Structural Insights into Ail-Mediated Adhesion in Yersinia pestis

Laboratory of Molecular Biology, National Institute of Diabetes and Digestive and Kidney Diseases, National Institutes of Health, Bethesda, MD 20892-8030, USA.
Structure (Impact Factor: 5.62). 11/2011; 19(11):1672-82. DOI: 10.1016/j.str.2011.08.010
Source: PubMed


Ail is an outer membrane protein from Yersinia pestis that is highly expressed in a rodent model of bubonic plague, making it a good candidate for vaccine development. Ail is important for attaching to host cells and evading host immune responses, facilitating rapid progression of a plague infection. Binding to host cells is important for injection of cytotoxic Yersinia outer proteins. To learn more about how Ail mediates adhesion, we solved two high-resolution crystal structures of Ail, with no ligand bound and in complex with a heparin analog called sucrose octasulfate. We identified multiple adhesion targets, including laminin and heparin, and showed that a 40 kDa domain of laminin called LG4-5 specifically binds to Ail. We also evaluated the contribution of laminin to delivery of Yops to HEp-2 cells. This work constitutes a structural description of how a bacterial outer membrane protein uses a multivalent approach to bind host cells.

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    • "The extracellular matrix (ECM) proteins fibronectin and laminin are substrates for Y. pestis Ail and these Ail-ECM interactions are important for adhesion to host cells and Yop delivery [12], [13], [35]. The crystal structure of Ail from Y. pestis has been determined [13] and it belongs to the OmpX family of proteins described as having a flattened β-barrel with four extracellular loops extending above the surface of the bacteria [36], [37]. The four extracellular loops of Y. pestis Ail contain 10–21 amino acids each. "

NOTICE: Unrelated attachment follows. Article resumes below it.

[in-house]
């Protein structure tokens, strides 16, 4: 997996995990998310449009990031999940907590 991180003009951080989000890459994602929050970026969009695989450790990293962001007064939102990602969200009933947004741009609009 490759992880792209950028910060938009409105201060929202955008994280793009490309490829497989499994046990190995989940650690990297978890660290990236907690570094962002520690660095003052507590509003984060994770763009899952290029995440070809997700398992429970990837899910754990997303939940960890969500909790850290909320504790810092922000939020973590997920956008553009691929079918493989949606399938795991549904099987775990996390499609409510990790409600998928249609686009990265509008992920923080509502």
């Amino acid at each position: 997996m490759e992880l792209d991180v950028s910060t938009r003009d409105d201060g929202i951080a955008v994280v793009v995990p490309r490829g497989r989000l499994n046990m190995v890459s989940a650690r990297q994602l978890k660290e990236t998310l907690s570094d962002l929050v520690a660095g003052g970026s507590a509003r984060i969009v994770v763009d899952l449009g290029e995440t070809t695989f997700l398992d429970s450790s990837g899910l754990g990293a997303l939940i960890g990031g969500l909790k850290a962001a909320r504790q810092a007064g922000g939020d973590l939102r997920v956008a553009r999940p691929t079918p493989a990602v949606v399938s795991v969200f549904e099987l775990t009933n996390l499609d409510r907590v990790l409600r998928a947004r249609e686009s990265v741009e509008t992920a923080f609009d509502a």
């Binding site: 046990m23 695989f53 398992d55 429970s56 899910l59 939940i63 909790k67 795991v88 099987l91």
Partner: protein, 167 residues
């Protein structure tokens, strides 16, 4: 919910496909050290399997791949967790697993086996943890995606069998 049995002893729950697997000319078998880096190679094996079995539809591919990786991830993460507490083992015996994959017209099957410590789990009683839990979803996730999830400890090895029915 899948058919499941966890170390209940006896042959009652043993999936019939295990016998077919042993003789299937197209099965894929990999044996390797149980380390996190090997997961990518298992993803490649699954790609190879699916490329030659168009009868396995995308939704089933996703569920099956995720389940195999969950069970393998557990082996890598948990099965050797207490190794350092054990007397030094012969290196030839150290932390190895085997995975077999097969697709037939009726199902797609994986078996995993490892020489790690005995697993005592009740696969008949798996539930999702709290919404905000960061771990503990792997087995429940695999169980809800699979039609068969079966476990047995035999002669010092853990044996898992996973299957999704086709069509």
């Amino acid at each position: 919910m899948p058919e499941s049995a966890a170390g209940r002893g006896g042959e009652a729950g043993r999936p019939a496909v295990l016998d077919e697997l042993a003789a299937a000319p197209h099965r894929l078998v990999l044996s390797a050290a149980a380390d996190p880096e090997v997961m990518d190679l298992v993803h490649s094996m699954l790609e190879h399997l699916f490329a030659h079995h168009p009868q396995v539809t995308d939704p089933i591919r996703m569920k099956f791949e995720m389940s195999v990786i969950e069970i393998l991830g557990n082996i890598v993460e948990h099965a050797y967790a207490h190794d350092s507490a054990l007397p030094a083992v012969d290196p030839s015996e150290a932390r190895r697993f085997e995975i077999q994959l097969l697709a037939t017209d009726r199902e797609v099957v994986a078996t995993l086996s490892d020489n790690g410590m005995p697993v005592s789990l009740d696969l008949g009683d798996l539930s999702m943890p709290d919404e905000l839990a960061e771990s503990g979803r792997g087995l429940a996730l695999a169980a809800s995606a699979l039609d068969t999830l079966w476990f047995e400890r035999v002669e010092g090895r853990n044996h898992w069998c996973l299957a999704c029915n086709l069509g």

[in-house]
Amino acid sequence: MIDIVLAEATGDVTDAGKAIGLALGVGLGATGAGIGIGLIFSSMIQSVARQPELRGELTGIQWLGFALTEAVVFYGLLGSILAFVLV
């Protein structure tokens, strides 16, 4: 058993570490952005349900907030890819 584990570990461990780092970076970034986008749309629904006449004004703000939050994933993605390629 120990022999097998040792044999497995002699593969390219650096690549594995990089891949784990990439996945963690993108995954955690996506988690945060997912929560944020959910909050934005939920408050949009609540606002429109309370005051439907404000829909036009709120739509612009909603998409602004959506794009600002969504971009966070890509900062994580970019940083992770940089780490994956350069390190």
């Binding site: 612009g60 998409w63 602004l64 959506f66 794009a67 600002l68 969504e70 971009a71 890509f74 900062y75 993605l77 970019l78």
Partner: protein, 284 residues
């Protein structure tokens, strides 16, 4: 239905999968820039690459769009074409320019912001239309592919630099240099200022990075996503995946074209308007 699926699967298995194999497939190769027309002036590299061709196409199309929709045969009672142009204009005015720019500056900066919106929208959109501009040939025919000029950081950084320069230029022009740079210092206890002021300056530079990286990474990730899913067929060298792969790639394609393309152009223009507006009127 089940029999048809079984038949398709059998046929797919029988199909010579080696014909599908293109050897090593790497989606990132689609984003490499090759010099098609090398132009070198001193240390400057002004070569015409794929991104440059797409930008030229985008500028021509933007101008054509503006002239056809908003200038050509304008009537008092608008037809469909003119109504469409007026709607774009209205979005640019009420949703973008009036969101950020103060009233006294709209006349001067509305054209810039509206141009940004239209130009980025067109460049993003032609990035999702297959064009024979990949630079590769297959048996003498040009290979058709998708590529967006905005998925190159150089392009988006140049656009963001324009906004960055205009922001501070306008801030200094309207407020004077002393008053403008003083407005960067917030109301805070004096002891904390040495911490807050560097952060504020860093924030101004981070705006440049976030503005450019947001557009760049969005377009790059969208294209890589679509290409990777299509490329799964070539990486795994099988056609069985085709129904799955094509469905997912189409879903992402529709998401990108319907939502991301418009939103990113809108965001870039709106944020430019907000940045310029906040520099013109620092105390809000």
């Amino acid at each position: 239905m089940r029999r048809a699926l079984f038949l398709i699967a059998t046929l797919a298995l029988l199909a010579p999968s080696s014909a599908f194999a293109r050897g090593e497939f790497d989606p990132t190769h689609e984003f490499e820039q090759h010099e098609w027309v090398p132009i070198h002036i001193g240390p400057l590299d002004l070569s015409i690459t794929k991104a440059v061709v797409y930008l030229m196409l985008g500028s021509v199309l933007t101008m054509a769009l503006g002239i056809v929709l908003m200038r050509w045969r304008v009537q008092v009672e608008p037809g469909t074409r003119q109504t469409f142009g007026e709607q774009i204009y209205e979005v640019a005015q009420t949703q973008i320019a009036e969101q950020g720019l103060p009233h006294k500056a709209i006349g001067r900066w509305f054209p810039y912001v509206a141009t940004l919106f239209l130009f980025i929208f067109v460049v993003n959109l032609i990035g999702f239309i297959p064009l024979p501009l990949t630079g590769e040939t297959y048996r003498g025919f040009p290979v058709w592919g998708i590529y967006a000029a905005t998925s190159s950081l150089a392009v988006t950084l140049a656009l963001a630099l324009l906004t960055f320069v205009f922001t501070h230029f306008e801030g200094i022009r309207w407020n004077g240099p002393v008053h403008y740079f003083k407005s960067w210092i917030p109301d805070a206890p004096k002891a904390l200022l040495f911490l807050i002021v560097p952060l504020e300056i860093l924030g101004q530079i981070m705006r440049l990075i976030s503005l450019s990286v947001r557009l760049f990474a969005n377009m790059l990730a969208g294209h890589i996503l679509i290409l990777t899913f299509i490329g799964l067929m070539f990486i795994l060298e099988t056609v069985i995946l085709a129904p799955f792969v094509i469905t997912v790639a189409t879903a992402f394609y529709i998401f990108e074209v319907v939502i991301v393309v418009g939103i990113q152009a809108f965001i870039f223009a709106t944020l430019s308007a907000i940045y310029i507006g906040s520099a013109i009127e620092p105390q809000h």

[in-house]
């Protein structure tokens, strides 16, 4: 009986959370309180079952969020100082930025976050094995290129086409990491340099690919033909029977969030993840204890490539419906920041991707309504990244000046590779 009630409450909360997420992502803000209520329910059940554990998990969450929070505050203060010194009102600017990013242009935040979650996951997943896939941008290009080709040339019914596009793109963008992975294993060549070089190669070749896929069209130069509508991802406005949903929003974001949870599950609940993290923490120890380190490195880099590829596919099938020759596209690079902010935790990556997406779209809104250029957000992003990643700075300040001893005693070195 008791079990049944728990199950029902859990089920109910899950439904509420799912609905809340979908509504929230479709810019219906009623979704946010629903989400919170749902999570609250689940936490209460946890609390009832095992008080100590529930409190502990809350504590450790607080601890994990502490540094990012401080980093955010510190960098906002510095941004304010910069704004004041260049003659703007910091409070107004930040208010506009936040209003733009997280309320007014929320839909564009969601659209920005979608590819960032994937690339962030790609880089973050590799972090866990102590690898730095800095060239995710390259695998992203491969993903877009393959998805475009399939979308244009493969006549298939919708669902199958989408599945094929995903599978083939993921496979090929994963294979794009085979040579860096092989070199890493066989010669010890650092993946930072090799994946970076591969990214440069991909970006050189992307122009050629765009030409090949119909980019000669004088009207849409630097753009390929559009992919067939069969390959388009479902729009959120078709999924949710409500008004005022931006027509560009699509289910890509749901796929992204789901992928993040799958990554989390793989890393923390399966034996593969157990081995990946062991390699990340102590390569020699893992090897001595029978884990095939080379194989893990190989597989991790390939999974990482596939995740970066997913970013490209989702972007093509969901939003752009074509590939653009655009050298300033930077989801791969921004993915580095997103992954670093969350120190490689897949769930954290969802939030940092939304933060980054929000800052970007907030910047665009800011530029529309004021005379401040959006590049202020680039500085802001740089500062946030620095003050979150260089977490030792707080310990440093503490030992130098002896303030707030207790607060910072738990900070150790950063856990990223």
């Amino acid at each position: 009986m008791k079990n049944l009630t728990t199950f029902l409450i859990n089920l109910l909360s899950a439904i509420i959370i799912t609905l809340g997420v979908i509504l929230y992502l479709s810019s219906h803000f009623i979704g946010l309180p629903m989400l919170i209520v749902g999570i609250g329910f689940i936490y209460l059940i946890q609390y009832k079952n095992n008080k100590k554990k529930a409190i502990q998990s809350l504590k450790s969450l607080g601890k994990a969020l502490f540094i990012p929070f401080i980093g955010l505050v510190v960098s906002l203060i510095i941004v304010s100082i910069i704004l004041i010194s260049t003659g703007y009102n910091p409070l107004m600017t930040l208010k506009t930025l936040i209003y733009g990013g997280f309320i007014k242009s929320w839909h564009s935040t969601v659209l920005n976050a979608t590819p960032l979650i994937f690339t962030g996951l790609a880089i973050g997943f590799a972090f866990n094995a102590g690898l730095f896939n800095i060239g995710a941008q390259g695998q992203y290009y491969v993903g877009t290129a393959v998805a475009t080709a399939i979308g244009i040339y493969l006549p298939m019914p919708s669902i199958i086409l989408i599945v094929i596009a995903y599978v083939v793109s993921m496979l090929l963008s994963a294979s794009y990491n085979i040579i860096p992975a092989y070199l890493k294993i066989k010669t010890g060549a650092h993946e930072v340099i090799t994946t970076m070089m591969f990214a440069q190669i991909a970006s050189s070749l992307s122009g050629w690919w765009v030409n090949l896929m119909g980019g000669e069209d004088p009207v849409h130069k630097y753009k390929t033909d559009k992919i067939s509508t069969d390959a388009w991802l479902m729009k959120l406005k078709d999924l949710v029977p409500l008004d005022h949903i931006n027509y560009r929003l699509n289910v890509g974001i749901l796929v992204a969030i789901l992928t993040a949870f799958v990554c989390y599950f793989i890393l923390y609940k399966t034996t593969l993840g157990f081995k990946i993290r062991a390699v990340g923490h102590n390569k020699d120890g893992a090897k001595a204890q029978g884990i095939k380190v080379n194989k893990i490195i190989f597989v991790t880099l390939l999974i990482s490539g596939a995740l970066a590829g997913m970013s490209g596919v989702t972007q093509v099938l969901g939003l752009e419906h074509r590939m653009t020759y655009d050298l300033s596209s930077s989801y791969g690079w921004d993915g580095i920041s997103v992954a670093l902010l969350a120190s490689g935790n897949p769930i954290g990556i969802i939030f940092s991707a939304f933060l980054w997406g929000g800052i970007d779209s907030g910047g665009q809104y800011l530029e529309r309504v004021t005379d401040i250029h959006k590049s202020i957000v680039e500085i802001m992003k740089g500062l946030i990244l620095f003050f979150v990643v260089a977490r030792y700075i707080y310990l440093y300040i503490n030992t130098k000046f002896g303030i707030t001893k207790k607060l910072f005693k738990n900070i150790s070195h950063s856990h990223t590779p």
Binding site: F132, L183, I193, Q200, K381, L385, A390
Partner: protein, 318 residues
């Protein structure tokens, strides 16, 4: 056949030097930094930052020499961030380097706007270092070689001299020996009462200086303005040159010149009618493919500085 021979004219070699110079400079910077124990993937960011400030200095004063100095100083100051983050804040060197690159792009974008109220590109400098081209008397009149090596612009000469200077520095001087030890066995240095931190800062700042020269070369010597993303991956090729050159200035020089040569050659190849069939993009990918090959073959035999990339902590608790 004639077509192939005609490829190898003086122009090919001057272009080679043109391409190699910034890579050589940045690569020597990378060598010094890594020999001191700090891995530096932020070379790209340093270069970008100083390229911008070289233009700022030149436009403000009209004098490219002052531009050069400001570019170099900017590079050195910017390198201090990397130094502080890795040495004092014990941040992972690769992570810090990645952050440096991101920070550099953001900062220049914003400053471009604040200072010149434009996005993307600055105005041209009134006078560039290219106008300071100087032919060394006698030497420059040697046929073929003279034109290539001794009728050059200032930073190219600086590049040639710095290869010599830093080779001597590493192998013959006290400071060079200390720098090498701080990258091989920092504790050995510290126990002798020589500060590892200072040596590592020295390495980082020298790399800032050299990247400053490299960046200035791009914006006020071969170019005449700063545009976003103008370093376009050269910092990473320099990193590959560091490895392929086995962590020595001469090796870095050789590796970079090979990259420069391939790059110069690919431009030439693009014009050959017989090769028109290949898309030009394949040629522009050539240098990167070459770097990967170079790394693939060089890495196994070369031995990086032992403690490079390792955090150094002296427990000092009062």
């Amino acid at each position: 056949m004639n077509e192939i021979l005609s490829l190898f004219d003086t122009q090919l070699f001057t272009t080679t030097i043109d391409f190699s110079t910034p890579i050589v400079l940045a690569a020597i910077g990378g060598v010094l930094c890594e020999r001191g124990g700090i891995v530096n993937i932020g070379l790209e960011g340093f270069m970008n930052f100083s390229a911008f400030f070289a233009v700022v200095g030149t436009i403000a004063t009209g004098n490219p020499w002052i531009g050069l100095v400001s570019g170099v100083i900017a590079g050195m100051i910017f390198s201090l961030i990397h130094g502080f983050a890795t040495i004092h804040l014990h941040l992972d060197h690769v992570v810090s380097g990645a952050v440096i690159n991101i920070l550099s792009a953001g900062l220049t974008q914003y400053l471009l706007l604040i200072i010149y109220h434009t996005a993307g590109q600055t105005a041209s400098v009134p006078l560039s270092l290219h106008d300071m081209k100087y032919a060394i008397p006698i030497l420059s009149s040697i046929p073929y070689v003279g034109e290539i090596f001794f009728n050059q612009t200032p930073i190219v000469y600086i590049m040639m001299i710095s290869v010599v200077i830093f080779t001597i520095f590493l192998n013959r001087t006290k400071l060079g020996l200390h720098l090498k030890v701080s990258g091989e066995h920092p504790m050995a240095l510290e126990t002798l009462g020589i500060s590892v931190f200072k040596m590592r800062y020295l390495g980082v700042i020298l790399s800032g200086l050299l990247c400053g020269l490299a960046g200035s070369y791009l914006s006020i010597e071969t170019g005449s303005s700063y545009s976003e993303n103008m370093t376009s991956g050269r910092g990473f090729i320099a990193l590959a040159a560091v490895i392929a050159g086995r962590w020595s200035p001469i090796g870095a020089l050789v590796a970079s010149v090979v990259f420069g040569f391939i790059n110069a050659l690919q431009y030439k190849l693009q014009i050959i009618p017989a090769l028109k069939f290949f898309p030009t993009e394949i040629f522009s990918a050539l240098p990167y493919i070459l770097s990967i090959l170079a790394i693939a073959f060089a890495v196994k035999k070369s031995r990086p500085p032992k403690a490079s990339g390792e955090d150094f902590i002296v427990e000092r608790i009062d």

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    ABSTRACT: The Yersinia pestis adhesin Ail mediates host cell binding and facilitates delivery of cytotoxic Yop proteins. Ail from Y. pestis and Y. pseudotuberculosis is identical except for one or two amino acids at positions 43 and 126 depending on the Y. pseudotuberculosis strain. Ail from Y. pseudotuberculosis strain YPIII has been reported to lack host cell binding ability, thus we sought to determine which amino acid difference(s) are responsible for the difference in cell adhesion. Y. pseudotuberculosis YPIII Ail expressed in Escherichia coli bound host cells, albeit at ∼50% the capacity of Y. pestis Ail. Y. pestis Ail single mutants, Ail-E43D and Ail-F126V, both have decreased adhesion and invasion in E. coli when compared to wild-type Y. pestis Ail. Y. pseudotuberculosis YPIII Ail also had decreased binding to the Ail substrate fibronectin, relative to Y. pestis Ail in E. coli. When expressed in Y. pestis, there was a 30-50% decrease in adhesion and invasion depending on the substitution. Ail-mediated Yop delivery by both Y. pestis Ail and Y. pseudotuberculosis Ail were similar when expressed in Y. pestis, with only Ail-F126V giving a statistically significant reduction in Yop delivery of 25%. In contrast to results in E. coli and Y. pestis, expression of Ail in Y. pseudotuberculosis led to no measurable adhesion or invasion, suggesting the longer LPS of Y. pseudotuberculosis interferes with Ail cell-binding activity. Thus, host context affects the binding activities of Ail and both Y. pestis and Y. pseudotuberculosis Ail can mediate cell binding, cell invasion and facilitate Yop delivery.
    PLoS ONE 12/2013; 8(12):e83621. DOI:10.1371/journal.pone.0083621 · 3.23 Impact Factor
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    • "YitA and YipA were detected using anti-YitA or anti-YipA serum. Mouse antiserum against the constitutively expressed Y. pestis outer membrane protein Ail [37] was used for a sample loading control. Goat anti-rabbit IgG or goat anti-mouse IgG antibodies conjugated to alkaline phosphatase (Life Technologies) and BCIP/NBT-Blue liquid substrate (Sigma-Aldrich, St. Louis, MO) were used to visualize protein bands. "